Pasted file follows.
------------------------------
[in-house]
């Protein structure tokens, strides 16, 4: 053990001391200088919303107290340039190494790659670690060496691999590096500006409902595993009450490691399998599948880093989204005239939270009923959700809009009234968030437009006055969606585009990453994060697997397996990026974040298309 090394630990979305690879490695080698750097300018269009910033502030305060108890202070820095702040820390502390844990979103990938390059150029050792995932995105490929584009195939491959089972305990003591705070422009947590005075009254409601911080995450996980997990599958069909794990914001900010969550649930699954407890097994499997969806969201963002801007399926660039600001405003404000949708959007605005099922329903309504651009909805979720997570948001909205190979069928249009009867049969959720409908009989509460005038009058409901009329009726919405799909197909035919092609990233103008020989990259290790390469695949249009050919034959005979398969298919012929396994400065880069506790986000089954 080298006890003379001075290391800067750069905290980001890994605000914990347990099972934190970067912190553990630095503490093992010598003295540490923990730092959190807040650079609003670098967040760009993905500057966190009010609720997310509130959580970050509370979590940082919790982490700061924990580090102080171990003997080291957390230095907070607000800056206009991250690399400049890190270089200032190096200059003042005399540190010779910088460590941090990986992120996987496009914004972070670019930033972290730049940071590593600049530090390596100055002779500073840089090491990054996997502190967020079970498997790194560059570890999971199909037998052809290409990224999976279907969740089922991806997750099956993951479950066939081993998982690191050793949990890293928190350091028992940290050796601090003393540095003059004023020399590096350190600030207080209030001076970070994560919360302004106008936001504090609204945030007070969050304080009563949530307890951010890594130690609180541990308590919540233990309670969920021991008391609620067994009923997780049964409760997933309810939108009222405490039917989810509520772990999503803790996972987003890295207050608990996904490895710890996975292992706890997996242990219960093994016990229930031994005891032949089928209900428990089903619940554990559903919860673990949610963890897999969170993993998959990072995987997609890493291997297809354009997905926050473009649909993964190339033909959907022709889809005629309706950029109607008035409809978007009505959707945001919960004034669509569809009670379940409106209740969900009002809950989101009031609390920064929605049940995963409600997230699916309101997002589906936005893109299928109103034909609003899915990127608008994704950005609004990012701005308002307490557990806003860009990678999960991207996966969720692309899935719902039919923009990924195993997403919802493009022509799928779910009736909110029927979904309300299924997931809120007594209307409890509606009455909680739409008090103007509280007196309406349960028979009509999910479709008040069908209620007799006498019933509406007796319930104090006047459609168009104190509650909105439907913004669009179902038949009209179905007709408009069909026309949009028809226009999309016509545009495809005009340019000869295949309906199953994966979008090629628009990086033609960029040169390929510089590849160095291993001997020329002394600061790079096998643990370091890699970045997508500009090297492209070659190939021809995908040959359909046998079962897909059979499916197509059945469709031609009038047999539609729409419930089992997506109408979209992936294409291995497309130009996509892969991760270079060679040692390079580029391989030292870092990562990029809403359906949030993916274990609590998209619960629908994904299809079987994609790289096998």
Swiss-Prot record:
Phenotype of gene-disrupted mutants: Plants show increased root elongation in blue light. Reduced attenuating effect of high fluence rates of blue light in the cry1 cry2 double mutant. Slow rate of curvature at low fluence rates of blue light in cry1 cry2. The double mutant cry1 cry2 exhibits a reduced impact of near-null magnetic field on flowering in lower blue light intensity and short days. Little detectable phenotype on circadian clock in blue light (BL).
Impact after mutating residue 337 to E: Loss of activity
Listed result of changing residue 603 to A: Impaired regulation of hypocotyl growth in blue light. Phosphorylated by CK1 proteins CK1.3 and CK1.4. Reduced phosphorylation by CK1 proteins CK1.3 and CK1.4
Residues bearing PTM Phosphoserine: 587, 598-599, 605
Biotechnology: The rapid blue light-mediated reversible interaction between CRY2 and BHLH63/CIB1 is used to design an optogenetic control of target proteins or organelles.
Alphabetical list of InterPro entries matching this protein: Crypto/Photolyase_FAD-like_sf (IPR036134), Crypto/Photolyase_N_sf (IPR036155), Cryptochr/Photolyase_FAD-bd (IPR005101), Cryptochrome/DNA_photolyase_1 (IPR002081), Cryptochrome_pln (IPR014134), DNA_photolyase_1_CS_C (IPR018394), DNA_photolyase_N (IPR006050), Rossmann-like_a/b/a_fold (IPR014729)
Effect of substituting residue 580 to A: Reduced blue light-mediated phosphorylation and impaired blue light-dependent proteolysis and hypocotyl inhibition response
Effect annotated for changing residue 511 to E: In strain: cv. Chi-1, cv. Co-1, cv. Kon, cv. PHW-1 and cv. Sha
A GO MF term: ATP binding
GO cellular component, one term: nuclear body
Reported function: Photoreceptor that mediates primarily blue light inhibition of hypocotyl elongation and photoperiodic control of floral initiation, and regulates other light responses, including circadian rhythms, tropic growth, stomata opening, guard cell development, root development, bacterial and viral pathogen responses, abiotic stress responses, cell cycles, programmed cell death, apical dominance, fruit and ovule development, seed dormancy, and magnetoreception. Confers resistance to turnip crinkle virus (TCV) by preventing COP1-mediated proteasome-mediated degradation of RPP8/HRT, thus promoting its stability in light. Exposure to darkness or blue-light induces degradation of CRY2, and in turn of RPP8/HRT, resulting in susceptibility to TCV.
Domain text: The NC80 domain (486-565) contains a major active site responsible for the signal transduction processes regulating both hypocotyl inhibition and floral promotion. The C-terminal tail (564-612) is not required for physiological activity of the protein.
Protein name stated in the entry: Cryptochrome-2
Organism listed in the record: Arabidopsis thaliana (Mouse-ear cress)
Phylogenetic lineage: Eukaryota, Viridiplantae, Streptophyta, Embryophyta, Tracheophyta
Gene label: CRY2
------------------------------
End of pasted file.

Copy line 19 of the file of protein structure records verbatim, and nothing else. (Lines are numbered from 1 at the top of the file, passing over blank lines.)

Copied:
Gene label: CRY2